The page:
Sponsored by Guerbet
Transarterial Chemoembolization With the SeQure® Microcatheter*
A 61-year-old man with a medical history of ethylic cirrhosis underwent routine surveillance in the hepatology clinic. He had a microwave ablation 4 months previously for a 3.1-cm focal hepatocellular carcinoma.
Further workup revealed an aspartate aminotransferase level of 65 U/L (normal, 0–39 U/L), an alanine aminotransferase level of 60 U/L (normal, 7–41 U/L), an alkaline phosphatase level of 85 U/L, a total bilirubin level of 1.2 mg/dL, negative hepatitis serology, normal renal function, and an alpha-fetoprotein level of 11 µg/L. Abdominal CT and MRI demonstrated multiple liver lesions, with a dominant 55-mm lesion in segment 6 showing significant growth.
The multidisciplinary liver tumor board consensus was a recommendation for transarterial chemoembolization (intermediate-stage patient, according to Barcelona Clinic Liver Cancer stage B) to limit disease progression, with the potential for downstaging and consideration of liver transplant in the future.
Right femoral access was achieved through a 5-Fr introducer sheath. Using a combination of a 5-Fr C2 Glidecath catheter (Terumo Europe) and a 0.035-inch hydrophilic guidewire, the celiac trunk and the proper hepatic artery were catheterized. Angiography was then performed, and the nutrient vessels of the dominant lesion in segment 6 were visualized (Figure 1). Subsequently, a 2.8-Fr SeQure® microcatheter (Guerbet) was advanced to the right hepatic artery branch over a 0.014-inch guidewire, irrigating the target lesion in segment 6. Mixed preparation of embolic materials consisted of 7 mL of iodinated contrast and 5 mL of saline loaded with 100–300-µm and 300–500-µm DC Beads (Boston Scientific Corporation). The total amount of administered doxorubicin was 150 mg. The target artery was embolized with approximately 11 mL of the DC Bead mixture until blood stasis was observed. The DC Beads/contrast mixture injection could be controlled by observing the contrast reflux with the proximal radiopaque marker of the SeQure® microcatheter (Figure 2). Complete occlusion of the branches responsible for tumor irrigation was achieved (Figure 3).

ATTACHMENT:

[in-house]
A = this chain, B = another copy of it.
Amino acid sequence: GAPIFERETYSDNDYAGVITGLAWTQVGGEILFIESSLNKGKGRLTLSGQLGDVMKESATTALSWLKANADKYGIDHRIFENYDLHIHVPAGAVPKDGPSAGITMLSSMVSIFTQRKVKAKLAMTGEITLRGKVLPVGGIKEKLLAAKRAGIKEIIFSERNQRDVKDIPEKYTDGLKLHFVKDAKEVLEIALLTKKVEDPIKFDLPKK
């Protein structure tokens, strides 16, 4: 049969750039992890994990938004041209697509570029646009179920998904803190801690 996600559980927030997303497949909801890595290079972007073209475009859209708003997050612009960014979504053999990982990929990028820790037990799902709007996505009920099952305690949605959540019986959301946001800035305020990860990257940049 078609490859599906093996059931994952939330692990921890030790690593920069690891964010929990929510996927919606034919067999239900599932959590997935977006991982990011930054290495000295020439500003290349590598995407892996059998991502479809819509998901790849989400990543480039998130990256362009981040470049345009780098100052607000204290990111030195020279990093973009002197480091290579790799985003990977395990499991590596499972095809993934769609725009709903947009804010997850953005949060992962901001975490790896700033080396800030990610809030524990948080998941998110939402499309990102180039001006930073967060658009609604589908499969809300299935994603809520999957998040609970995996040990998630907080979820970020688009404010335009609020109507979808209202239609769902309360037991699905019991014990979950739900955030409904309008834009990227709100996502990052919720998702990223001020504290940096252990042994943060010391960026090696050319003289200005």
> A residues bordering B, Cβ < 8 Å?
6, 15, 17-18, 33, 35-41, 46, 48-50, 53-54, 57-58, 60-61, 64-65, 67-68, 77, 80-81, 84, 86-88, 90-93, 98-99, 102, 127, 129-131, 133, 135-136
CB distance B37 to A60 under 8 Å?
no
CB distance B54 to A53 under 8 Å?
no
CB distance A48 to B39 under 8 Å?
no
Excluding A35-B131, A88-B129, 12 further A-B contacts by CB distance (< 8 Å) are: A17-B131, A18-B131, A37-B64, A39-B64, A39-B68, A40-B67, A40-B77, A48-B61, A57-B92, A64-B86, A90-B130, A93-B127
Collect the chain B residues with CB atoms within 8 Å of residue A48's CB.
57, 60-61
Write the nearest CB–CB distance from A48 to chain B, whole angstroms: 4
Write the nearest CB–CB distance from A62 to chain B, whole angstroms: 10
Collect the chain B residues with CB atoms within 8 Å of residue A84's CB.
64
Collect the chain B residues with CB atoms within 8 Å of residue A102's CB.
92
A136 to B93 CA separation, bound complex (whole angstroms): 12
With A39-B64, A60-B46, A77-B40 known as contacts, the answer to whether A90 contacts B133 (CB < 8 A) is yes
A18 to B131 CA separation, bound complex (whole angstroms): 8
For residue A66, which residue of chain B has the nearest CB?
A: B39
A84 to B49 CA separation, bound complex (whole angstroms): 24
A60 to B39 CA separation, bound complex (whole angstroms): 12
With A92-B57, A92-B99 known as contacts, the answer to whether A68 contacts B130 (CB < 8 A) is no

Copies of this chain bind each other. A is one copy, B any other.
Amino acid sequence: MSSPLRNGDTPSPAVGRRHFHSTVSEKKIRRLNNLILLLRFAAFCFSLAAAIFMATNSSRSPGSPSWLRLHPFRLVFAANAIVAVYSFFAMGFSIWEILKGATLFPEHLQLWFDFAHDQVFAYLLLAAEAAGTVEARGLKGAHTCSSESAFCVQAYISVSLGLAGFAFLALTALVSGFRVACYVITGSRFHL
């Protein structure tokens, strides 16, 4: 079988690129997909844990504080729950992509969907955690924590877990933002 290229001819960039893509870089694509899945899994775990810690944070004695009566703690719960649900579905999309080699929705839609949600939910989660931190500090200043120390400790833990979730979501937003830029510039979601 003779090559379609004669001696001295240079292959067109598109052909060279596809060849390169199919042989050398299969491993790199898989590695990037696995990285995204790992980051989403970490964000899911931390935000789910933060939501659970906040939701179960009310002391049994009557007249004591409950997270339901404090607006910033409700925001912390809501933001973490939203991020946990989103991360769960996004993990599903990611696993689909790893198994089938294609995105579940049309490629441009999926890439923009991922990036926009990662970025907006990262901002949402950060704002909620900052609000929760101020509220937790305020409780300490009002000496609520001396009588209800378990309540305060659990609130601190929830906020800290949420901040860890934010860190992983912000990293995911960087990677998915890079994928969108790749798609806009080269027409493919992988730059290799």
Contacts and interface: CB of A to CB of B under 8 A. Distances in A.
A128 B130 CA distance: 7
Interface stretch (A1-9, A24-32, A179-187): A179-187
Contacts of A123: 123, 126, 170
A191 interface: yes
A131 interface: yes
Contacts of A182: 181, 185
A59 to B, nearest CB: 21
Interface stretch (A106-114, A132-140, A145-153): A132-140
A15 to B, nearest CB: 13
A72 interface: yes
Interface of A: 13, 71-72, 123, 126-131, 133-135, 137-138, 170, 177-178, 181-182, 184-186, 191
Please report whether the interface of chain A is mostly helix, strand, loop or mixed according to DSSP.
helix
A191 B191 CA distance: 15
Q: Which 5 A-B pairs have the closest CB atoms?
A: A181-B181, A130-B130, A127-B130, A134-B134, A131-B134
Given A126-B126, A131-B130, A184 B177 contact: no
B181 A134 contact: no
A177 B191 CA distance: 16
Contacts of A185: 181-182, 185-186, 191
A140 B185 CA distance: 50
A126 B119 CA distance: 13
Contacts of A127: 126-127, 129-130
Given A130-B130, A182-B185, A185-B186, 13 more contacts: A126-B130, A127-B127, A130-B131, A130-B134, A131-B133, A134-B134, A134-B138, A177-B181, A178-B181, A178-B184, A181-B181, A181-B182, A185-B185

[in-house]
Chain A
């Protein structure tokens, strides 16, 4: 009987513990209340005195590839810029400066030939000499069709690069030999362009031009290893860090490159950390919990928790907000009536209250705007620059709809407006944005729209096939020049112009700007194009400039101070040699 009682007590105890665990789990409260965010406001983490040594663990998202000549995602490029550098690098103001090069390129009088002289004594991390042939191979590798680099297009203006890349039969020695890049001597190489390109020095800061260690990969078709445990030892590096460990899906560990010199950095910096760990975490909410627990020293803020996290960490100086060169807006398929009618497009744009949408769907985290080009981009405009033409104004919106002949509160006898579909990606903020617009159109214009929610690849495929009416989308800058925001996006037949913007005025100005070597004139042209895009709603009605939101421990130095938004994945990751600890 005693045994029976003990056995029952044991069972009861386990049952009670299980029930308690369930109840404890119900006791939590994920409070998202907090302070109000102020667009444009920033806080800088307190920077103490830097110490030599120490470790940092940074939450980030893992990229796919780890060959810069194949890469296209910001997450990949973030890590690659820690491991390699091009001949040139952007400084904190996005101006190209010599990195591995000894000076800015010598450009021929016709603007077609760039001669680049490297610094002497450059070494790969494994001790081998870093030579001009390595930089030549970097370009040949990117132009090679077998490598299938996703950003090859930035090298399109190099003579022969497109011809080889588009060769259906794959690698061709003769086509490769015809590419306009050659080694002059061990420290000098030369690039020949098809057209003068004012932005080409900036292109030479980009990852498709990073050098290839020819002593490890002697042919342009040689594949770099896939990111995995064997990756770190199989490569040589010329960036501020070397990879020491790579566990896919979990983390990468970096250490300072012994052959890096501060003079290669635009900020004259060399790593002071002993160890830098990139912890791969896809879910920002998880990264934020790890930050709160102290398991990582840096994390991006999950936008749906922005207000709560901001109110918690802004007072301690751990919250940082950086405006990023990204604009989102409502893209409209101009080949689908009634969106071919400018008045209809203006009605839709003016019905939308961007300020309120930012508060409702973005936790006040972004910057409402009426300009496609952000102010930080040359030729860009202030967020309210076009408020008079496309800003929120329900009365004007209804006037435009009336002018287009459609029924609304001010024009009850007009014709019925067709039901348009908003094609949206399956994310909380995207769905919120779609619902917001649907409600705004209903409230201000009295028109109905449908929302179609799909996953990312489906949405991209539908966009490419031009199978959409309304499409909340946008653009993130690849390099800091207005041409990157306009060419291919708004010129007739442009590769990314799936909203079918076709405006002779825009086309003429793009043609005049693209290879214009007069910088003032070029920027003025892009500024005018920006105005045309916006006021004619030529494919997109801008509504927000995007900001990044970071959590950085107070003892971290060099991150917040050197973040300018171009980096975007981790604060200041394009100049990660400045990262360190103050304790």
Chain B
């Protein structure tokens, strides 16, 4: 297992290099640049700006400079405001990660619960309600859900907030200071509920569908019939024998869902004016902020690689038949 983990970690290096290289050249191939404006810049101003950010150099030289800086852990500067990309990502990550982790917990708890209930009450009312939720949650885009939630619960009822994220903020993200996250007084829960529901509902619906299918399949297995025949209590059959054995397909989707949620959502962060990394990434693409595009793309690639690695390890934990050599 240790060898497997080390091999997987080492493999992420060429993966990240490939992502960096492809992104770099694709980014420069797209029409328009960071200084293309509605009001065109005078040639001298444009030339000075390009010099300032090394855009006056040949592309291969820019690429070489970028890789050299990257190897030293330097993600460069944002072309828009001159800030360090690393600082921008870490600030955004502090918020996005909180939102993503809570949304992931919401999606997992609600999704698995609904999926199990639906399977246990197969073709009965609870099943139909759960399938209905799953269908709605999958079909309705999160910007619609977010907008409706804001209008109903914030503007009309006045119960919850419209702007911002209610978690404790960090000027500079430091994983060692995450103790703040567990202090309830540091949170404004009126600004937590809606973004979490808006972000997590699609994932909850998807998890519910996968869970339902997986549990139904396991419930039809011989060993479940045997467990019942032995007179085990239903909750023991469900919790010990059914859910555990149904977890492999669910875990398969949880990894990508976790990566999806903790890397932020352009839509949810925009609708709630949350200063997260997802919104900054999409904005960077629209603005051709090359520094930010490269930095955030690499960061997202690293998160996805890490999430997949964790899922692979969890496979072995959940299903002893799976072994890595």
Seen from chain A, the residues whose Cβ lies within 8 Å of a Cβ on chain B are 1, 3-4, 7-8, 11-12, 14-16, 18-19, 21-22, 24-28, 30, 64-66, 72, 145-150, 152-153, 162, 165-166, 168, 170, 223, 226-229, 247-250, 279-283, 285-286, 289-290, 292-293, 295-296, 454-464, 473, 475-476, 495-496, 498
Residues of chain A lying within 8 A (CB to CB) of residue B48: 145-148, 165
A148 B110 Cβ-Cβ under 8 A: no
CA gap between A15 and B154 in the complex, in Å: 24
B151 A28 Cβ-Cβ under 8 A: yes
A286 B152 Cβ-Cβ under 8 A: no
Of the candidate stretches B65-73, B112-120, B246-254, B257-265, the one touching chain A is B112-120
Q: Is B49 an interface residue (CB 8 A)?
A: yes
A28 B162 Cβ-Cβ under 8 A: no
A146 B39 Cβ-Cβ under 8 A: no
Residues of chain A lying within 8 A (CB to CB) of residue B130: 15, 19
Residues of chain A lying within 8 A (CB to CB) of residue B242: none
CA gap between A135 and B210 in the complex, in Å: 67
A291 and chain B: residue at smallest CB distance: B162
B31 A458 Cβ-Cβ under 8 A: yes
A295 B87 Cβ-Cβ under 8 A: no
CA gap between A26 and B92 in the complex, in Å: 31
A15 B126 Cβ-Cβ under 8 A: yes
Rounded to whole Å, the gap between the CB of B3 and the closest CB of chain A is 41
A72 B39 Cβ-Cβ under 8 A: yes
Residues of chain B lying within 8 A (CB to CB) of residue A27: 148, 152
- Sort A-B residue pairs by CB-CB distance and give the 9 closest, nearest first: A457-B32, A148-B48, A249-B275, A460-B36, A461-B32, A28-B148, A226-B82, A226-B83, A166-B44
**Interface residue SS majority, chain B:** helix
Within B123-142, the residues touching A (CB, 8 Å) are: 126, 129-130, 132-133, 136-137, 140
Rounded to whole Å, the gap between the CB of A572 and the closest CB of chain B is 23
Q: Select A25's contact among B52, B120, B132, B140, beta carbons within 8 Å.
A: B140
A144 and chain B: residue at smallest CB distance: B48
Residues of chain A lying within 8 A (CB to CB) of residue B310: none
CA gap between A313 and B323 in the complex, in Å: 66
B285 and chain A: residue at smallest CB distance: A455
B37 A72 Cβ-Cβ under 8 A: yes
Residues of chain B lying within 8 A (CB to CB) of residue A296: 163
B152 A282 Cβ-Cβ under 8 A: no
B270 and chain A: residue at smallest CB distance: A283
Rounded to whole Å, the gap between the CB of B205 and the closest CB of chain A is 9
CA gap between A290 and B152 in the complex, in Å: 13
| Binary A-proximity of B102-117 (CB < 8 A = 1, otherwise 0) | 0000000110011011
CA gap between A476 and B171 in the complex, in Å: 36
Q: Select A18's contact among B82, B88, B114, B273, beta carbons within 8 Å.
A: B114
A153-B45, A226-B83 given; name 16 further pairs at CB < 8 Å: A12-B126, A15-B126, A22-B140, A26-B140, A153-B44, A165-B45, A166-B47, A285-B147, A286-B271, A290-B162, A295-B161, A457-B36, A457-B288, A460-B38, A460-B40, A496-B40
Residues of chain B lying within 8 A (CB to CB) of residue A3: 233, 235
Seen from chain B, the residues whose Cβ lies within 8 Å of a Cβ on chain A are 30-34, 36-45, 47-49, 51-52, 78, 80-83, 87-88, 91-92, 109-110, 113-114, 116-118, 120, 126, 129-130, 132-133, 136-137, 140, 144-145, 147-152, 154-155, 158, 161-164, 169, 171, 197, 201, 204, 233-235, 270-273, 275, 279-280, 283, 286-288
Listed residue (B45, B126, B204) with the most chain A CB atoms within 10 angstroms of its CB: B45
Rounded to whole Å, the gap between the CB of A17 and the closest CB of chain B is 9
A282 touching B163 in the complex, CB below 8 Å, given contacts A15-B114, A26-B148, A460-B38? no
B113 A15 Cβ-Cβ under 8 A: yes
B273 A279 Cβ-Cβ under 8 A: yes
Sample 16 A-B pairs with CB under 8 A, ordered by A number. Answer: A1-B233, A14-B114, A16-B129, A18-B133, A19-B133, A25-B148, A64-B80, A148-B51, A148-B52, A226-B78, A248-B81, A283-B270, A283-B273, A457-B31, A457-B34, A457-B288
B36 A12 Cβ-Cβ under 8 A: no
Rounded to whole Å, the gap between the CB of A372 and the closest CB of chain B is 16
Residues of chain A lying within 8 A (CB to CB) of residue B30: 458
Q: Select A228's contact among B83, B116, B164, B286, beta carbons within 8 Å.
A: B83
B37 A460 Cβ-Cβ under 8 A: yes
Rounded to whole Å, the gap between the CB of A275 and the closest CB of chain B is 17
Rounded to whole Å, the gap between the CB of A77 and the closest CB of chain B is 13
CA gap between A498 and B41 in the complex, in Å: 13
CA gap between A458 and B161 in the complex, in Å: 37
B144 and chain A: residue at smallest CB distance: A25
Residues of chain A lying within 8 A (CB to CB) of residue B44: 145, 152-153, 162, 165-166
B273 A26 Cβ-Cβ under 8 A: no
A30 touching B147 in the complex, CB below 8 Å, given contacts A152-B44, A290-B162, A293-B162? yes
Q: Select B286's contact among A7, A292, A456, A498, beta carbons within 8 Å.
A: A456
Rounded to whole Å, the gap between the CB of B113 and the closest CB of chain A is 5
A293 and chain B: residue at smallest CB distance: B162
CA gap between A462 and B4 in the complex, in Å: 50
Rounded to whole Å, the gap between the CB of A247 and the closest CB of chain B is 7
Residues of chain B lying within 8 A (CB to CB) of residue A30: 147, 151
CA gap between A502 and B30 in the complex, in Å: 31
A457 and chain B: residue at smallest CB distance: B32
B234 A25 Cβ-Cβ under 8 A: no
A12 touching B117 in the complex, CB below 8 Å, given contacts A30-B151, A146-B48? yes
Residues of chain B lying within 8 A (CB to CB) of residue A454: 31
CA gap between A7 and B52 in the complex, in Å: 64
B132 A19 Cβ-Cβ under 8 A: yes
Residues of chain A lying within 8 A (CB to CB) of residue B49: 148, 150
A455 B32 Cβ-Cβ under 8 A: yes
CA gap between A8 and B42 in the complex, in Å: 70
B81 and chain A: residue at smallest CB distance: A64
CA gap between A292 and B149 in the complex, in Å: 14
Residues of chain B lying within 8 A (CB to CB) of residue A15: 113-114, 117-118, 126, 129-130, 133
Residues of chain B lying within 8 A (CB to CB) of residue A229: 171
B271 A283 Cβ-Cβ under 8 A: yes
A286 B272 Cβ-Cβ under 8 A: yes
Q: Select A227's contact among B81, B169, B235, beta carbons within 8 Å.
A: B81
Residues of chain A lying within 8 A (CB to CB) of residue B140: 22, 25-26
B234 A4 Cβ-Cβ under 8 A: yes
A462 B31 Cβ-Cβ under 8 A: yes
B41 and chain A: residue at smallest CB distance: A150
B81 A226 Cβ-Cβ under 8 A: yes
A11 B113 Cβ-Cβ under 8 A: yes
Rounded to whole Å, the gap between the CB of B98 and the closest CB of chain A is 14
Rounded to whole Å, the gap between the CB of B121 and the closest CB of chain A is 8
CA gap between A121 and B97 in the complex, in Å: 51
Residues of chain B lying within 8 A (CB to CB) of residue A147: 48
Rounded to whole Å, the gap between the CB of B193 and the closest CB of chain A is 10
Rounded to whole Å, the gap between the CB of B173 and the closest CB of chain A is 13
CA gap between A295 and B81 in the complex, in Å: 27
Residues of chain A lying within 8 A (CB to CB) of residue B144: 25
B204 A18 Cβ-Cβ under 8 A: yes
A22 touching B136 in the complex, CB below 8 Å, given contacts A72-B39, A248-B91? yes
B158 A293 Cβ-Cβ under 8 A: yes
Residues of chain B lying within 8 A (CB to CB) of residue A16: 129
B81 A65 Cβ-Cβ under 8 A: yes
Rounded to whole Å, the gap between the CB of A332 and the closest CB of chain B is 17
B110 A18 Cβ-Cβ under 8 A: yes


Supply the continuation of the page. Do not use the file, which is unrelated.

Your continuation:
There were no immediate complications and no inadvertent/nontarget embolization of other right segmental arteries. The patient was discharged after 48 hours, without postembolization syndrome.
The radiopaque marker located at the tip allows for the correct positioning of the SeQure® microcatheter. The side holes, which are located proximal to the radiopaque marker, allow for reflux of only iodinated contrast, not embolic beads. This reduces the risk of reflux and avoids embolization of undesired vascular territories.
Our experience with this device demonstrates the correct target embolization and helps decrease inadvertent complications.
*As per IFU, for guiding catheters, the SeQure® microcatheter is recommended for use with minimum 0.038-inch guidewire compatible.
Results from case studies are not necessarily predictive of results in other cases. Results in other cases may vary.